8 Ways to Become a Super Organized Grant Writer

What Is in Your Files?

A perfectly organized grant writer.
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Have you just become the designated grant writer for your nonprofit? Wondering where to start?

Grant writing begins long before you have a grant to write. Your go-to tool is information. 

Even before you start looking for foundations that might want to fund your nonprofit's project, develop an in-depth understanding of its mission and activities and gather a trove of easy-to-tap organizational information.

Start your organizing by developing the following information and sources:

  1. The history and mission of your nonprofit. 

    No doubt your organization has gone through a lot of changes since it first started. Make sure that you have the latest mission statement, vision statement, and a narrative of the history of the organization.

    Collect organizational charts, bios of the staff and board members, a list of previous grants, and a copy of the most recent strategic plan. All of this will help you articulate an attractive description of your nonprofit in your grant proposals.
  2. Descriptions of your organization's current projects and programs.

    Who is the audience for those programs? What are the specific services provided? Talk to the program staff and volunteers and ask them what they do and how they do it. Find out how they measure results and evaluate their progress.

    Ask to shadow them while they do their jobs. Get out and mingle with the clients that you serve. Develop a good sense of what your organization does, how it does it, and just how good it is at those activities. Along the way, make note of any stories that you may be able to use in a grant proposal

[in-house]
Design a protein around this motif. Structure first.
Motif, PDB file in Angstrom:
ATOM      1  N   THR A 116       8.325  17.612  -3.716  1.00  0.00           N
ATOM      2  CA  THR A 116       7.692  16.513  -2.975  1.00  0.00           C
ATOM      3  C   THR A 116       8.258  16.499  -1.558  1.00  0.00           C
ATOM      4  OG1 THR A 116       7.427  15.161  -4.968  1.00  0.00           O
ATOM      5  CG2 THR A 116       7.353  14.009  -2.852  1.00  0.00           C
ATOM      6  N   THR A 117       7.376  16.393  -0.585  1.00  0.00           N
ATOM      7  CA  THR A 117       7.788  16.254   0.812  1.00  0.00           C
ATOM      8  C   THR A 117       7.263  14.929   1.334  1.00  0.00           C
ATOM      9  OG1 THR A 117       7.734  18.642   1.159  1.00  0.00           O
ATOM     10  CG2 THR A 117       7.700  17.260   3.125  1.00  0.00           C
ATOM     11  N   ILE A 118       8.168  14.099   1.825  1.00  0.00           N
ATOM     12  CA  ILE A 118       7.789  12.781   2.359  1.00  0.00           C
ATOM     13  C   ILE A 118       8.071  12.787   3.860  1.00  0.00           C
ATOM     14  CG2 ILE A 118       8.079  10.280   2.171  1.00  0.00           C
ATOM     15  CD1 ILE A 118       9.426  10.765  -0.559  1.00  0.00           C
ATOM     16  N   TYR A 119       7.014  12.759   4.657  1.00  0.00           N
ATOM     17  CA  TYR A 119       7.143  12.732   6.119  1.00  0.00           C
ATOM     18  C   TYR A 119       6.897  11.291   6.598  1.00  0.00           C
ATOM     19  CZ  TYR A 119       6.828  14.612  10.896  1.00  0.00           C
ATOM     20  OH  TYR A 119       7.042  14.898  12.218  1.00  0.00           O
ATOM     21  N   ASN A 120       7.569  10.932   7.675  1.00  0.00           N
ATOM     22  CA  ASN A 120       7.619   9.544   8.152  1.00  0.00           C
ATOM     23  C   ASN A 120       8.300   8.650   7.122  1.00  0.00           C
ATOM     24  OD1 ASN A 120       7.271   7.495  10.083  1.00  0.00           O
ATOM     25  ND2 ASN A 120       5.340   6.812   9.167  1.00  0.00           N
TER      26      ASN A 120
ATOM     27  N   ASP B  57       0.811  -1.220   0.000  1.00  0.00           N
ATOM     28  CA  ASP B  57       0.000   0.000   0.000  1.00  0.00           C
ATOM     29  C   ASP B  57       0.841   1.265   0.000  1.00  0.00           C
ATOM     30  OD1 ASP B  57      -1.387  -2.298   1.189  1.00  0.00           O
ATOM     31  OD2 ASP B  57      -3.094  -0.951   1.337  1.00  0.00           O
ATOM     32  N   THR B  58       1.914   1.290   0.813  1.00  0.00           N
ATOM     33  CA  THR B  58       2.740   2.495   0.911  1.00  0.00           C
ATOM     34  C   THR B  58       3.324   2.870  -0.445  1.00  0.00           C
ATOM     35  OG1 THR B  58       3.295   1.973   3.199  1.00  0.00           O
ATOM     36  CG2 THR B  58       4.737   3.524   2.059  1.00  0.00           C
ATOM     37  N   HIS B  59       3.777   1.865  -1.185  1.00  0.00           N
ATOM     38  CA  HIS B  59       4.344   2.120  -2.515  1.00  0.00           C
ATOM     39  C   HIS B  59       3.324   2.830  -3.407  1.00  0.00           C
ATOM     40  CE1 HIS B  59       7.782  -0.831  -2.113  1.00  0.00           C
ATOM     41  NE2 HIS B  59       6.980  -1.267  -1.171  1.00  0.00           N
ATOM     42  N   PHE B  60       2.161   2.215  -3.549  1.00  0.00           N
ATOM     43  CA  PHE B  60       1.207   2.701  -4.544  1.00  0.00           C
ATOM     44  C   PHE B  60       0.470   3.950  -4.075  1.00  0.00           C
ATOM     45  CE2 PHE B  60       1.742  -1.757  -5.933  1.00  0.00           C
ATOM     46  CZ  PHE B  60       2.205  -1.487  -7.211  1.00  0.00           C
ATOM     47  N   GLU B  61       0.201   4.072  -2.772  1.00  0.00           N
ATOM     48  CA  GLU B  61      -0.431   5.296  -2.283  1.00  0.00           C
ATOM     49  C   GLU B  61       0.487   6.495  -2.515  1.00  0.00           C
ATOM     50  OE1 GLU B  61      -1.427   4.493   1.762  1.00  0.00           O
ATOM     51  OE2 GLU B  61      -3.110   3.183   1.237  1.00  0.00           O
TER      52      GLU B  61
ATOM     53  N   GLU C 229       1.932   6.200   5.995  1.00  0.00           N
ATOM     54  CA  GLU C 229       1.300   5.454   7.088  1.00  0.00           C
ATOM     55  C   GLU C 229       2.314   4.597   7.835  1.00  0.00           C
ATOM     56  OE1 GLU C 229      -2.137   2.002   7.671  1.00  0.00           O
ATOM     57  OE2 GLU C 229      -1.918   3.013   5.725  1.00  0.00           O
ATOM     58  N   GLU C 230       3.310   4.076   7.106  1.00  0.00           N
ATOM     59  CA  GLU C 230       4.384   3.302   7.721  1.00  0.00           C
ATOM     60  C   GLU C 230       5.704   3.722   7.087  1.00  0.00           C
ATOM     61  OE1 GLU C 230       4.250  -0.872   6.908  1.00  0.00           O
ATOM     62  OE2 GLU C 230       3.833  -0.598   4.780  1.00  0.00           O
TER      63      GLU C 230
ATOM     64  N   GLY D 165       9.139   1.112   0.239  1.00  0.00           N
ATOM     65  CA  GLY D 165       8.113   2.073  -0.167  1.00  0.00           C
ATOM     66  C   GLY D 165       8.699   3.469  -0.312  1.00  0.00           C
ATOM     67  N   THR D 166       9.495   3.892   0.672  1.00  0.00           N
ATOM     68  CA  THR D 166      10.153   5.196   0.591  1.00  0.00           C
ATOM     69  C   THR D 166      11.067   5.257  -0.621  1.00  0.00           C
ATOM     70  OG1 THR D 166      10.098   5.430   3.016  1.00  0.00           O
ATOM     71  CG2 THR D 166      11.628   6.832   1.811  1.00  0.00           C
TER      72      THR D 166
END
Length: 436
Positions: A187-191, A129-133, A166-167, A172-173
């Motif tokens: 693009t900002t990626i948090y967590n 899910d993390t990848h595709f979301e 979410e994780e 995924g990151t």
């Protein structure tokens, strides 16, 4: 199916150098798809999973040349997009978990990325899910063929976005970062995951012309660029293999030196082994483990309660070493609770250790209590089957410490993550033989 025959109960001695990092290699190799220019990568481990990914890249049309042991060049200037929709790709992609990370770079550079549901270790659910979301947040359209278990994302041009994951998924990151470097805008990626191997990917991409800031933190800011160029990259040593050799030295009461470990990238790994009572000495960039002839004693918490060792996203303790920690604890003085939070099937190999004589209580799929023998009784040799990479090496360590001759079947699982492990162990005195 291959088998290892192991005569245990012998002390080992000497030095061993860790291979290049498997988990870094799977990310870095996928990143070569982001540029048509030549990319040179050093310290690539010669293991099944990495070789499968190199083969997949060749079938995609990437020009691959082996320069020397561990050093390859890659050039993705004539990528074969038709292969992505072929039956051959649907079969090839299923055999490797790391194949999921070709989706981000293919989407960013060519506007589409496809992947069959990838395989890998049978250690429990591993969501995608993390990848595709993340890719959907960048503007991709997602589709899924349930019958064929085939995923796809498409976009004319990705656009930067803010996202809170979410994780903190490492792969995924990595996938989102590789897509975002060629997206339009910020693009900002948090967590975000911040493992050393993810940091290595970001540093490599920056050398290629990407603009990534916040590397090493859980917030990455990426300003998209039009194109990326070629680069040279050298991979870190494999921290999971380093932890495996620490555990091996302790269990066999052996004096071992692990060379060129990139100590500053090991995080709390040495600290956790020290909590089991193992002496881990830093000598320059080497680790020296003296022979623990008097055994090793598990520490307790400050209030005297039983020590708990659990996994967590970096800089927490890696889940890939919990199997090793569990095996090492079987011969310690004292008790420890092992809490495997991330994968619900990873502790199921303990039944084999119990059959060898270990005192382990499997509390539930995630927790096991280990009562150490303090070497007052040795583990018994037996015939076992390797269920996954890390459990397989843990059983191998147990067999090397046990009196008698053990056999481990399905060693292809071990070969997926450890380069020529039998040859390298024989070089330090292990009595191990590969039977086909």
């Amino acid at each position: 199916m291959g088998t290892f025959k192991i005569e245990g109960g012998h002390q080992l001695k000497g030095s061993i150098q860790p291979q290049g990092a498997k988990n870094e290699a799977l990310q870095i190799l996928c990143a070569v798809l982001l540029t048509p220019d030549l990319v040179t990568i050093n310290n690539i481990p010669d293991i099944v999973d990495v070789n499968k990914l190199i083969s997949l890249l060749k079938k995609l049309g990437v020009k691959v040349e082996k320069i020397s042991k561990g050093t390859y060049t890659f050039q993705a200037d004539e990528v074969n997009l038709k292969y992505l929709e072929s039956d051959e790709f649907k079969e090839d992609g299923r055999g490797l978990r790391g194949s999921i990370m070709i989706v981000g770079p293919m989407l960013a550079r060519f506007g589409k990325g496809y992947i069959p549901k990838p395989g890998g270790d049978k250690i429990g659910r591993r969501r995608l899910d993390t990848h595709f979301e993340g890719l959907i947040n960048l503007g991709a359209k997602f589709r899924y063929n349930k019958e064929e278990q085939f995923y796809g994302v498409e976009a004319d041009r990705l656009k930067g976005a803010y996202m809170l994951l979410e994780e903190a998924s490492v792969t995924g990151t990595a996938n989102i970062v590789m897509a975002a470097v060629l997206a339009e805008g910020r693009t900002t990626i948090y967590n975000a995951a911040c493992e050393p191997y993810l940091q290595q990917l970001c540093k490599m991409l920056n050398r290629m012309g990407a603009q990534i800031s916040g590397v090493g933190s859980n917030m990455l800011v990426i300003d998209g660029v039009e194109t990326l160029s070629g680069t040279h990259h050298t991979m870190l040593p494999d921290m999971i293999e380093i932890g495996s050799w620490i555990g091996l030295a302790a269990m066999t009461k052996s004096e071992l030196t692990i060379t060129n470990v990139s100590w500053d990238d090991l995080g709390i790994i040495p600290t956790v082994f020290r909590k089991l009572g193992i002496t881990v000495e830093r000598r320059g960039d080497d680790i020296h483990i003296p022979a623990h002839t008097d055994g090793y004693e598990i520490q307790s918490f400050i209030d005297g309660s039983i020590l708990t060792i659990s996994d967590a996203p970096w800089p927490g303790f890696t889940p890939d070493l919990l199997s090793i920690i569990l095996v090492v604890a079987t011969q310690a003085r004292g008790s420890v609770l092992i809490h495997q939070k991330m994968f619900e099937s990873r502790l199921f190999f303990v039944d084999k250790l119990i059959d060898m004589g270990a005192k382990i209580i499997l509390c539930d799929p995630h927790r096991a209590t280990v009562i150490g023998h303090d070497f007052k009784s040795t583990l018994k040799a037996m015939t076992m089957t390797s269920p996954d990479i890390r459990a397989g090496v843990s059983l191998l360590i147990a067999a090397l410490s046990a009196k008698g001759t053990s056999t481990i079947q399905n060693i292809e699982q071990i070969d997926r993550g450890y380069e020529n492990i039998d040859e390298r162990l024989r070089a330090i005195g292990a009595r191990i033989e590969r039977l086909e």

1. Unique resources that would make a project successful.

    These might be human resources such as staff with specialized expertise, an outstanding and well-trained volunteer force, partnerships with other community groups, or deep and long experience with particular populations and geographical locations.
  1. Documentation of the extraordinary accomplishments of your organization. 

    Has it won any awards? Received any special media coverage about its programs? Been commended by a professional association? Collect articles from newspapers and magazines, and professional journals. Look for letters of support from other organizations and testimonials from clients. Put together a "credibility" or "bragging" file and keep it up to date.
  2. Examples of community involvement by your organization.

    How has your organization had a positive impact on your community? That influence might be directly through the programs your organization provides or the cooperation it has provided to other community groups or government agencies.
  3. Copies of publications your organization has produced.

    Look for an annual report, newsletters and press releases.  Investigate your website for information. Examine the  990s, committee reports, evaluations of any kind,  surveys of clients or volunteers, and board minutes.  

    Sit down with the budget and try to understand the flow of income and expenses. Ask the financial officer to help you understand the financial underpinnings of your organization.
  4. Interviews with key staffers.

    Talk to the people who are on the front lines of your organization's activities, especially those who have been around for a while. Invite them to identify the strengths and weaknesses of your organization, what the greatest needs are,  and what they would love to do if money were available.

    Ask for their versions of the organization's history to gain a sense of how the mission has changed over time.
  1. Make sure you understand the concept of each proposal and how it fits with the mission.

    Document the specific details of the project, and how it will be executed. Carefully devise the timetable for the project; the expected outcomes, and how those will be evaluated.
    Analyze staffing and volunteer needs for the project, and come to a rough estimate of the expenses involved.

    As a grant writer, your job will be easier if you understand your organization thoroughly and have all the vital information at your fingertips. 

    It will also make the job of getting started on a grant proposal ever so much easier. If you have a grant to write but must first gather all the pertinent information, it can be overwhelming. Gather information and organize it so you can hit the ground running.